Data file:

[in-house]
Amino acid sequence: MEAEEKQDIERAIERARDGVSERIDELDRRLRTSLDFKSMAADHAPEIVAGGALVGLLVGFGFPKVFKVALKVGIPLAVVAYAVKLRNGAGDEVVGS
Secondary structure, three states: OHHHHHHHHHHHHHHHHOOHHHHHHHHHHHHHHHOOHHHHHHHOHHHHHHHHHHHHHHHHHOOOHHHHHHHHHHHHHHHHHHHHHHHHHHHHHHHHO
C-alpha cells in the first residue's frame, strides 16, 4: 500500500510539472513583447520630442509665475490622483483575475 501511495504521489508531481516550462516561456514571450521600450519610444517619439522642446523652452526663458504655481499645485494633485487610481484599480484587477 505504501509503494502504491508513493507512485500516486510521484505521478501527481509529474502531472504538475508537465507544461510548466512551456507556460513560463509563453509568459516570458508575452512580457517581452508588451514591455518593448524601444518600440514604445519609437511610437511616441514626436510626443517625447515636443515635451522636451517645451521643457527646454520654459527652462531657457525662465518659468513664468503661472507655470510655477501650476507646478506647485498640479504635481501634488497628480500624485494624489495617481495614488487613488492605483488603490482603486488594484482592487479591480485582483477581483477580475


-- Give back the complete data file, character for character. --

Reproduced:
[in-house]
Amino acid sequence: MEAEEKQDIERAIERARDGVSERIDELDRRLRTSLDFKSMAADHAPEIVAGGALVGLLVGFGFPKVFKVALKVGIPLAVVAYAVKLRNGAGDEVVGS
Secondary structure, three states: OHHHHHHHHHHHHHHHHOOHHHHHHHHHHHHHHHOOHHHHHHHOHHHHHHHHHHHHHHHHHOOOHHHHHHHHHHHHHHHHHHHHHHHHHHHHHHHHO
C-alpha cells in the first residue's frame, strides 16, 4: 500500500510539472513583447520630442509665475490622483483575475 501511495504521489508531481516550462516561456514571450521600450519610444517619439522642446523652452526663458504655481499645485494633485487610481484599480484587477 505504501509503494502504491508513493507512485500516486510521484505521478501527481509529474502531472504538475508537465507544461510548466512551456507556460513560463509563453509568459516570458508575452512580457517581452508588451514591455518593448524601444518600440514604445519609437511610437511616441514626436510626443517625447515636443515635451522636451517645451521643457527646454520654459527652462531657457525662465518659468513664468503661472507655470510655477501650476507646478506647485498640479504635481501634488497628480500624485494624489495617481495614488487613488492605483488603490482603486488594484482592487479591480485582483477581483477580475